Despite what is to all appearances a common animic ontology, Philippe argues that Australian totemism offers a “striking contrast” to Amazonian animism in three related ways—which, I would argue, merely show that totemism is the animism of segmentary collectives. First, the Australian totems are generally species-beings, primarily animal and plant species, hence realist types of which individual members are tokens, by contrast to the interpersonal relationships of humans and nonhumans in Amazonian animism. In this classificatory regard, the totemic species are coordinate with their human affiliates, likewise organized in collective entities with a class identity such as clans, moieties, sections, and the like. Because the human and nonhuman subjects are collective, however, and individuals interact as instances of them, this should not make their relationship any less animic. Second, whereas in Amazonian animism, human and nonhuman persons develop out of common human origins, the Australian totemic groups have separate and distinct beginnings, being the sui generis creations of their independent Dreamtime ancestors—which is simply the logical-cum-etiological corollary of their status as collectives of different kinds. This structural differentiation also applies to the third contrast: the substantive identity of humans with their respective totems—a physical and subjective continuity in Philippe’s system—explicitly conceived in terms of the kinship or mutuality of being of the human group and totemic species, by contrast to the different physical identities (if similar interiorities) of humans and others in animist regimes. In sum, totemism is a segmentary animism of differentiated collectives composed of conspecific human and nonhuman subjects. (Perhaps it goes without saying that such is not exactly the animism of Latourian collectives that include inorganic “agents” who are somehow equivalent to intentional and cultural humans.)

If indeed the totemic beings of Australain Aboriginals live in “a regime that is already cultural and social through and through,” the resemblances of this totemism to the prototypical animism do not end there. Philippe’s characterization of the conspecific identity of humans and their totem species as “hybridity,” a mixture of human and totem, rather leaves hanging the question of in just what way, in terms of interiority and physicality, the human aspect of actual kangaroos or parrots comes in. We know that humans in totemic systems may have purported resemblances to their animal fellows in the way of birthmarks or behavioral dispositions, but what about the existing animals? In what respects are they human? From my own brief perusals of the ethnography I cannot answer that interesting question—unless the two or three examples of perspectivism in Strehlow’s Aranda traditions ([1947] 1968: 37, 140) represent something more than a subdominant version of animism that is virtually as good as it gets in Amazonia. The narrative about the red kangaroos and their father’s sisters, the mulga parrots, for instance: parrots whose calls during the day warn their kangaroo nephews of the approach of human hunters. During the night in the netherworld, however, the animals assume human form themselves and interact in cultural terms. Indeed the tradition ironically doubles down on the cultural aspect, as the mulga aunt is equipped with a hide bag made of kangaroo skin in which she as a human woman brings water to her brother’s son, the kangaroo in the shape of a man. Moreover, the narrative concludes with an incident of pure perspectivism when the next morning the hunter-persons perceive that bag as the place on the ground where the kangaroos licked for water. What humans perceive as a natural soak frequented by kangaroos, the animals know as waterbags manufactured from kangaroo hide. Taken with the sometime appearance of the sun and moon as female and male humans, this totemism has the essentials of an all-around animism.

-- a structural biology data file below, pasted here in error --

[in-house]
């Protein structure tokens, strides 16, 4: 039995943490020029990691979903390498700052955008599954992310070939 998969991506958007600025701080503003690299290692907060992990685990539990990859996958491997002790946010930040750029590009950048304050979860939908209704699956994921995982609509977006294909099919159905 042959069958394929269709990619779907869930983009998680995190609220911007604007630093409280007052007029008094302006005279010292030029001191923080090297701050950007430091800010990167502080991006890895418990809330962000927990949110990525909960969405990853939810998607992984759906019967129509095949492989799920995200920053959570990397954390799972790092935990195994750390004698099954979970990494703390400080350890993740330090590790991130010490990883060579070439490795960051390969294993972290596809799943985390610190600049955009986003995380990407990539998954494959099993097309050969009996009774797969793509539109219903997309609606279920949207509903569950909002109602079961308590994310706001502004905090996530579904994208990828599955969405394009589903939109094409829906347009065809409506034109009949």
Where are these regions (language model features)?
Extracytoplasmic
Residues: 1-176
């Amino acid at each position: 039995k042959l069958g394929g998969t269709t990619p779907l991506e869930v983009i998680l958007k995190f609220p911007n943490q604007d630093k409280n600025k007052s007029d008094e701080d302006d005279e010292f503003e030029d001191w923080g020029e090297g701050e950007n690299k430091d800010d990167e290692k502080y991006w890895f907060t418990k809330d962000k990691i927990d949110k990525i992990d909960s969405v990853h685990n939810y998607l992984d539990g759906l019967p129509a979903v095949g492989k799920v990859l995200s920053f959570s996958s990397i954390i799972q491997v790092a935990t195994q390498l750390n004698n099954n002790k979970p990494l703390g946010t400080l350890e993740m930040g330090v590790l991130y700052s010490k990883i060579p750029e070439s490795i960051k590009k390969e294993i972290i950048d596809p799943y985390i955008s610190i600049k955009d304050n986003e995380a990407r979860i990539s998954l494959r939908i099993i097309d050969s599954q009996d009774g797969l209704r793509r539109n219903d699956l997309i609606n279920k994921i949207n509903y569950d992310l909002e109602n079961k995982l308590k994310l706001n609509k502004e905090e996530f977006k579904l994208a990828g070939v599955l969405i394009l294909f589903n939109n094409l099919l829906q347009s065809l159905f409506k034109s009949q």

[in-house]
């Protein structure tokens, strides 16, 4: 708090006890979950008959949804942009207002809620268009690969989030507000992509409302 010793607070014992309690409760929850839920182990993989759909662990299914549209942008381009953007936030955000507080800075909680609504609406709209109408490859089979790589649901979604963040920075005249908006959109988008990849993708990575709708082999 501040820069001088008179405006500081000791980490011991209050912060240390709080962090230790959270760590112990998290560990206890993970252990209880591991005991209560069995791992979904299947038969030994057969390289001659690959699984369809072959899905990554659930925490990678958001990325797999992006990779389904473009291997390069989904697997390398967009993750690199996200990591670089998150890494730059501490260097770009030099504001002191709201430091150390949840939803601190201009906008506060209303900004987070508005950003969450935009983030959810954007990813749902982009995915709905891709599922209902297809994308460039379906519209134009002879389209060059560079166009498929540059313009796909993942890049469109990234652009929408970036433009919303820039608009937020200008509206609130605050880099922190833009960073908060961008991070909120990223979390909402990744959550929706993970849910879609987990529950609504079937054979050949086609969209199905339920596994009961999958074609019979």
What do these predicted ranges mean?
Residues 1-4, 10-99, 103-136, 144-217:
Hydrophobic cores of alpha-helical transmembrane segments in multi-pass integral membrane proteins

A caveat. I am not claiming that totemic species are merely the symbolic reflexes of social groups that in some sense preexist them as real-empirical models—as in the Durkheimian theory of “collective representations” that has reigned for too long in our social sciences. As the diacritic principle of social differentiation, that which constitutes the identity and nature of the human group, totemism is an integral condition of its formation. Rather than a post hoc reflection of a social fact, the totemic identity may well be present from the creation, marking the emergence of the group itself; or else, as an add-on secondary totem, it figures instrumentally in the group’s interested differentiation from others. The totem is an enduring mark of a politics of difference, a schismogenic process, which helps explain why the array of totemic identities among a given people is often wildly unsystematic. Lévi-Strauss’ (1963) notions of totemism as a natural taxonomy of social entities notwithstanding, ethnographic reports of totemism generally have all the classificatory logic of the scheme of animals in the apocryphal Chinese encyclopedia described by Borges (1964) that included embalmed ones, suckling pigs, and animals that at a distance resemble flies. But then, as Lévi-Strauss protested in The savage mind (1966), structuralism is only a science of the superstructures: practice he ceded to Marx. Even so, he did acknowledge that conspecific relations between humans and their totems could be integral to the phenomenon, and that historically the creation of totemic entities could be practically opportunistic even as it is logically motivated—witness Whitemen as an Australian totem.